Meet Vivien Duffield’s new friends: squatters
A GROUP of squatters who compare themselves to the “wandering Jews” of Christian legend — but who are not in fact Jewish — have taken over the building intended to house Dame Vivien Duffield’s new Jewish Community Centre for London.
The circus performers and artists, who call themselves Circle Community Projects, moved into the former Mercedes showroom on Finchley Road, North-West London, last Tuesday.
They say they got in through an unlocked door and did not know who owned the building.
Now they plan to live there until it is demolished for rebuilding and use it as a “base for environmental exhibitions”.
One of them, Peter Phoenix, said: “We’re not your average squatters. We pay the electricity bills and the council tax, clean the place up and take care of security at no cost. The owners would save money by having us here, money that could be redirected into the Jewish community.
“All we want in return is a place to stay and get our message out about the environment. It’s a mutually beneficial arrangement.”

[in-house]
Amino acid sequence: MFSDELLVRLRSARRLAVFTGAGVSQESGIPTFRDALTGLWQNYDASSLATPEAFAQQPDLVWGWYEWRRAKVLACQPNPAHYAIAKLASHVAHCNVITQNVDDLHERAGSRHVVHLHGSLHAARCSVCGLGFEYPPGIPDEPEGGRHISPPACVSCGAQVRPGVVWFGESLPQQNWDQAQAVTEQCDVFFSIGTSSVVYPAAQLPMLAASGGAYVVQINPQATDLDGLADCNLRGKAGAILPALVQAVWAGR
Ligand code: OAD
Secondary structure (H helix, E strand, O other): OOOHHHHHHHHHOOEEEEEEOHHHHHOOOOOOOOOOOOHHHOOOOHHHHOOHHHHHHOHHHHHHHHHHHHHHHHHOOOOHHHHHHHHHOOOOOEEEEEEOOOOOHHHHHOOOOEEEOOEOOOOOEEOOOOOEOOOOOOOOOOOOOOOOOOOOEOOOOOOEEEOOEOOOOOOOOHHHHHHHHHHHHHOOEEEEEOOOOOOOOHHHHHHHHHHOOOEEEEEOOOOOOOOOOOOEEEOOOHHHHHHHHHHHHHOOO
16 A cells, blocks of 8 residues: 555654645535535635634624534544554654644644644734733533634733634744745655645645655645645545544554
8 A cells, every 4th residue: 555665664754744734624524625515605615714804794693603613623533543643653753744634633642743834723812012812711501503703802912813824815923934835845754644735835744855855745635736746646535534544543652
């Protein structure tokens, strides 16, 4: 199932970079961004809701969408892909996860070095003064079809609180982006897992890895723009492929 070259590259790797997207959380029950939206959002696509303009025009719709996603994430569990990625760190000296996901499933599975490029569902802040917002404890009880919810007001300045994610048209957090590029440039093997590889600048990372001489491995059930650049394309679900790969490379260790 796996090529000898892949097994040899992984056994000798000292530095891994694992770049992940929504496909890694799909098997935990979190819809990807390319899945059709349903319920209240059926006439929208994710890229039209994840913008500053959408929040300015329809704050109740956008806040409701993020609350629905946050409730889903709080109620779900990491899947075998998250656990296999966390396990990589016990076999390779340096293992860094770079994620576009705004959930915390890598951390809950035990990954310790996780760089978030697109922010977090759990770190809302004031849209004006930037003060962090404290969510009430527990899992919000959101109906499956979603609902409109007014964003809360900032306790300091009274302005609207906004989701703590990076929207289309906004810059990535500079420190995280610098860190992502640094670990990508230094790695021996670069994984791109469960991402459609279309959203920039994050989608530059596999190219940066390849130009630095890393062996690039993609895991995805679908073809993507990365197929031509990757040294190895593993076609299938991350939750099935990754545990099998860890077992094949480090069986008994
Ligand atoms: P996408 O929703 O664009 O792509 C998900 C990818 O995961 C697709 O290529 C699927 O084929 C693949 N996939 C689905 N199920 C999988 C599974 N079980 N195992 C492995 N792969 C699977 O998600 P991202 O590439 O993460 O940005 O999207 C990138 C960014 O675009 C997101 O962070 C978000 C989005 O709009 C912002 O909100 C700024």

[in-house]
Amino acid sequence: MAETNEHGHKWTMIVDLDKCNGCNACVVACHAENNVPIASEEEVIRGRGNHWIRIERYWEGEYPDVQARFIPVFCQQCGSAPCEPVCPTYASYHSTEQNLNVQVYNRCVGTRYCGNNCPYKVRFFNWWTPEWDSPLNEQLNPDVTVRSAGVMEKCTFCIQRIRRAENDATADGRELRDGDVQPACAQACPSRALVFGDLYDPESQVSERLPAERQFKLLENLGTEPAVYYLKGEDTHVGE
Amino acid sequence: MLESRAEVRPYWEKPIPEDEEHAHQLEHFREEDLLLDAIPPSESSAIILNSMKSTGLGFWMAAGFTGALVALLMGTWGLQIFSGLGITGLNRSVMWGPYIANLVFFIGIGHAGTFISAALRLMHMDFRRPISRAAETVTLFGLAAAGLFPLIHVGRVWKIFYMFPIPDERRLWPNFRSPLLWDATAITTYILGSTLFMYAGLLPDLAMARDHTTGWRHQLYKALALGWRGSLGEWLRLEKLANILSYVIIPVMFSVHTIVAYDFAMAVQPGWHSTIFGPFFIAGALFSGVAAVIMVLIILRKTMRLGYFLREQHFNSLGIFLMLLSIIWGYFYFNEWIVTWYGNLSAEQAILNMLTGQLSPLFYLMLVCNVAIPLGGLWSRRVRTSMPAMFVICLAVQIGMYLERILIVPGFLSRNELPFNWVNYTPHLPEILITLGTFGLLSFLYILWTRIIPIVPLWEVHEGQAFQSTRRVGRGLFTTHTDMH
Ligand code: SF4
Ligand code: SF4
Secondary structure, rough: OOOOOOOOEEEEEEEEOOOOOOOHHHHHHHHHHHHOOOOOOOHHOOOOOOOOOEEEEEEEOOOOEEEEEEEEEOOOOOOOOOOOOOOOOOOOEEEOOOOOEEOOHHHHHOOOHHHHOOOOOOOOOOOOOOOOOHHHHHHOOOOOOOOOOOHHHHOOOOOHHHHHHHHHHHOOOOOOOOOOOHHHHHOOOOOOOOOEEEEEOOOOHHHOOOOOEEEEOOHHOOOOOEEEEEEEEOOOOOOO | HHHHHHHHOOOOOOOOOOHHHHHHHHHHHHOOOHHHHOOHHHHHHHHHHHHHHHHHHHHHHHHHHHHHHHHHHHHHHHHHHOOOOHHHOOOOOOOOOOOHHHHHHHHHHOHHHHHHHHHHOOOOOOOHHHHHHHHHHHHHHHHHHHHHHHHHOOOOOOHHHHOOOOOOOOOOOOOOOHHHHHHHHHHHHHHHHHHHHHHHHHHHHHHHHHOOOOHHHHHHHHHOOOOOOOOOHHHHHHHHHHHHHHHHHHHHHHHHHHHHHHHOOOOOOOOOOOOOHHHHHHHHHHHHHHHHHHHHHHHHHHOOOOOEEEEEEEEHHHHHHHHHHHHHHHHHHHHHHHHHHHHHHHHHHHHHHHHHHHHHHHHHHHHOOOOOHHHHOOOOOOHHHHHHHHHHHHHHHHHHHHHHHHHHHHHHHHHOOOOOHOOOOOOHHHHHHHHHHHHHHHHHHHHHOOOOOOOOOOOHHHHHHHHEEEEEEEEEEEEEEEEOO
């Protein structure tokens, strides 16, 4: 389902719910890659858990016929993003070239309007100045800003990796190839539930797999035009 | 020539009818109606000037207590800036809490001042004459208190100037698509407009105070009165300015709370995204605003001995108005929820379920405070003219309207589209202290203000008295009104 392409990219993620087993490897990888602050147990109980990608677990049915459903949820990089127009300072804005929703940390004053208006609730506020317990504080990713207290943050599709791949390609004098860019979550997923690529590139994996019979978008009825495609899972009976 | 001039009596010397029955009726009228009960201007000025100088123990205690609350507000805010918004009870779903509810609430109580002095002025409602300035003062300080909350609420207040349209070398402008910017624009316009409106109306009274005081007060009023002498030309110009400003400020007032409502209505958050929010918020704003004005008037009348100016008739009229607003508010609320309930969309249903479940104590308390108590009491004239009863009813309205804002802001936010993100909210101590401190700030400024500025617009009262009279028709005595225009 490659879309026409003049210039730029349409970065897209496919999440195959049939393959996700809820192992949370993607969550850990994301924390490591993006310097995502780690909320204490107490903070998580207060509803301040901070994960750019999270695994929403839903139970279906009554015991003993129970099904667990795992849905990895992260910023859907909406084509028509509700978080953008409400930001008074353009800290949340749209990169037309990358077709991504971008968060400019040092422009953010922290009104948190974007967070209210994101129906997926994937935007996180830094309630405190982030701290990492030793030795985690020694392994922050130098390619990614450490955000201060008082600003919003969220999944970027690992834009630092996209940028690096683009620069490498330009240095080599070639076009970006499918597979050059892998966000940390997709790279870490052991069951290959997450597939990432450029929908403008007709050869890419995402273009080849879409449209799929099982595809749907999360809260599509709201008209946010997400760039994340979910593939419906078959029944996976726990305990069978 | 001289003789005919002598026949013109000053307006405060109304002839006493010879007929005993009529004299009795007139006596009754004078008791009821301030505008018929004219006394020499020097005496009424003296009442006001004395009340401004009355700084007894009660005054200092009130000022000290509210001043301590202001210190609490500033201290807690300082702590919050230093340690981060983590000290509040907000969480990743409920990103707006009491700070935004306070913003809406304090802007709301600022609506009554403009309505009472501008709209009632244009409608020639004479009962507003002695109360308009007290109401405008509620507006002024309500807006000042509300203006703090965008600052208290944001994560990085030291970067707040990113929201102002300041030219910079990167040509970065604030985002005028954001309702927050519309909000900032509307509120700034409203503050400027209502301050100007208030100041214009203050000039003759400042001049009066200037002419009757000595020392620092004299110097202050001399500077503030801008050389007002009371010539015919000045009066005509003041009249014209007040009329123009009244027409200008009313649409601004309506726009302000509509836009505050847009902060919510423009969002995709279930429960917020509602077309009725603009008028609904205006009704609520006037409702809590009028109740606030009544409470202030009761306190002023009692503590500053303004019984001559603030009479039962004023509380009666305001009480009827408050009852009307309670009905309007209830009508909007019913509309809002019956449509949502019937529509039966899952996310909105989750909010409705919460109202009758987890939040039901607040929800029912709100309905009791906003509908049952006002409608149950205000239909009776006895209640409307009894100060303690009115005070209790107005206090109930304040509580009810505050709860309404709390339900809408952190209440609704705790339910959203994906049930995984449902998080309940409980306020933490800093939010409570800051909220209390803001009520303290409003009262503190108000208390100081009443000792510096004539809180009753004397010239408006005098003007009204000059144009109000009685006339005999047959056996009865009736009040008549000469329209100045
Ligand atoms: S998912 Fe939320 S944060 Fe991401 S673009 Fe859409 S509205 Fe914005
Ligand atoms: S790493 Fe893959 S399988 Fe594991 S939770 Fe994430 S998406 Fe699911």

Another, who asked not to be named, said: “Like the wandering Jews, we needed shelter and this place is it. We’re really pleased to find out that it is going to be a Jewish community centre because community is what we’re all about.
“In fact, if the owners want help preparing the place, some of us would volunteer our services.”
They claim to be part of a global network of groups that combine perform- ance with an environmental message. They have already begun work on making the rooms habitable. Upstairs, they have begun clearing 10 flats, ready to decorate them.
They are sleeping on mattresses and bedding they found in the street and using fan heaters while they work on repairing broken windows and doors.
The old showroom floor, which once displayed expensive cars, has no lighting but, behind black tarpaulin hung against the windows, it is being mopped clean ready to stage exhibitions.
The JCC bought the building last December with the intention of launching the new centre, the brainchild of philanthropist Dame Vivien Duffield.
It is due to open in 2011, but a lack of temporary planning permission for exhibitions means the building should stay empty until it is demolished in 2009.
Nick Viner, chief executive of the JCC, said he had been aware of the squatters since Friday.
“I’m annoyed that they broke into my building and I have instructed our lawyers to begin legal proceedings to secure their eviction,” he said.
The Jewish Community Centre’s squatters say they will keep the place clean